Tony H Tony H - 4 months ago 9x
Linux Question

What's a .sh file?

So I am not experienced in dealing with a plethora of file types, and I haven't been able to find much info on exactly what

files are. Here's what I'm trying to do:

I'm trying to download map data sets which are arranged in tiles that can be downloaded individually:

In order to download a range of tiles at once, they say to download their script, which eventually leads to

So, what exactly am I supposed to do with this code? The website doesn't provide further instructions, assuming users know what to do with it. I'm guessing you're supposed to paste the code in to some other unmentioned application for a browser (using Chrome or Firefox in this case)? It almost looks like something that could be pasted in to Firefox/Greasemonkey, but not quite. Just by a quick Google on the file type I haven't been able to get heads or tails on it.

I'm sure there's a simple explanation on what to do with these files out there, but it seems to be buried in plenty of posts where people are already assuming you know what to do with these files. Anyone willing to just simply say what needs to be done from square one after getting to the page with the code to actually implementing it? Thanks.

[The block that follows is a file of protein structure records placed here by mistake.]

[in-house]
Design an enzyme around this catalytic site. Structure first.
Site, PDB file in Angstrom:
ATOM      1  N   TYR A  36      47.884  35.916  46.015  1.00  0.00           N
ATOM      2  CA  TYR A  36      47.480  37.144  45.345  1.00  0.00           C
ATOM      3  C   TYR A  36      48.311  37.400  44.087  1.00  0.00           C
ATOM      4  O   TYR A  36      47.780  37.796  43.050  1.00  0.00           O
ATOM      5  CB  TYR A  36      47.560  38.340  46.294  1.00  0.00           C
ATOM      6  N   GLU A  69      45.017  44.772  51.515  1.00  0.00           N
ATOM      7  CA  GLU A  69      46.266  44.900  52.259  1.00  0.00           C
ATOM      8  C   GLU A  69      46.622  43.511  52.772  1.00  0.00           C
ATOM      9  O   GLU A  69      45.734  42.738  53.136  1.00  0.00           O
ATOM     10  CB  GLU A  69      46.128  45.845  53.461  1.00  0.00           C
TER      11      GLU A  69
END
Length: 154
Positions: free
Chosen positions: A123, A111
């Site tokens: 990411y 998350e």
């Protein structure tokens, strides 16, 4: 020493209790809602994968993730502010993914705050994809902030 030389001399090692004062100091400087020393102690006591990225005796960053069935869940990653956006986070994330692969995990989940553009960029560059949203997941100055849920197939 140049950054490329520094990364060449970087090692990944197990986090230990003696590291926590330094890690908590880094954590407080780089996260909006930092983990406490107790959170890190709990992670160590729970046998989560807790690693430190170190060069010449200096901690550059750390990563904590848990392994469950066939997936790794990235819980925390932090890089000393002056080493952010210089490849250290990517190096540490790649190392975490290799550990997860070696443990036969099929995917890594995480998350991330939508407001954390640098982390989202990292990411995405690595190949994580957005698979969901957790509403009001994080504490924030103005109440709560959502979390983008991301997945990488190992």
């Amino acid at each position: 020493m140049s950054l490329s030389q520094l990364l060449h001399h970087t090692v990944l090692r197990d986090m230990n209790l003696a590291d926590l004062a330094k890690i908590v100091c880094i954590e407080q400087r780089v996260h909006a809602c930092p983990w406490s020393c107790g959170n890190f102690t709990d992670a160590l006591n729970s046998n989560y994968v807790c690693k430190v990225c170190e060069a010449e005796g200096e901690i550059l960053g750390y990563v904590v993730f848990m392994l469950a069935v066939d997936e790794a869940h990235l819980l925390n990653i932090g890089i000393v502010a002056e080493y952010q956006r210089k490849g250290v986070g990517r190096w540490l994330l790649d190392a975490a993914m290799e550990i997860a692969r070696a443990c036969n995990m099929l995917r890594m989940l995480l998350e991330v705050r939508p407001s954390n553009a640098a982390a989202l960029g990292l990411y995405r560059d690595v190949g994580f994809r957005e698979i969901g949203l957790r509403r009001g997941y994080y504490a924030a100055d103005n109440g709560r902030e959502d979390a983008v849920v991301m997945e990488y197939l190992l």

If you open your second link in a browser you'll see the source code:

# Script to download individual .nc files from the ORNL
# Daymet server at:


# For ranges use {start..end}
# for individul vaules, use: 1 2 3 4 
for year in {2002..2003}
   for tile in {1159..1160}
        do wget --limit-rate=3m${year}/${tile}_${year}/ -O ${tile}_${year}
        # An example using curl instead of wget
    #do curl --limit-rate 3M -o ${tile}_${year}${year}/${tile}_${year}/

So it's a bash script. Got Linux?

In any case, the script is nothing but a series of HTTP retrievals. Both wget and curl are available for most operating systems and almost all language have HTTP libraries so it's fairly trivial to rewrite in any other technology.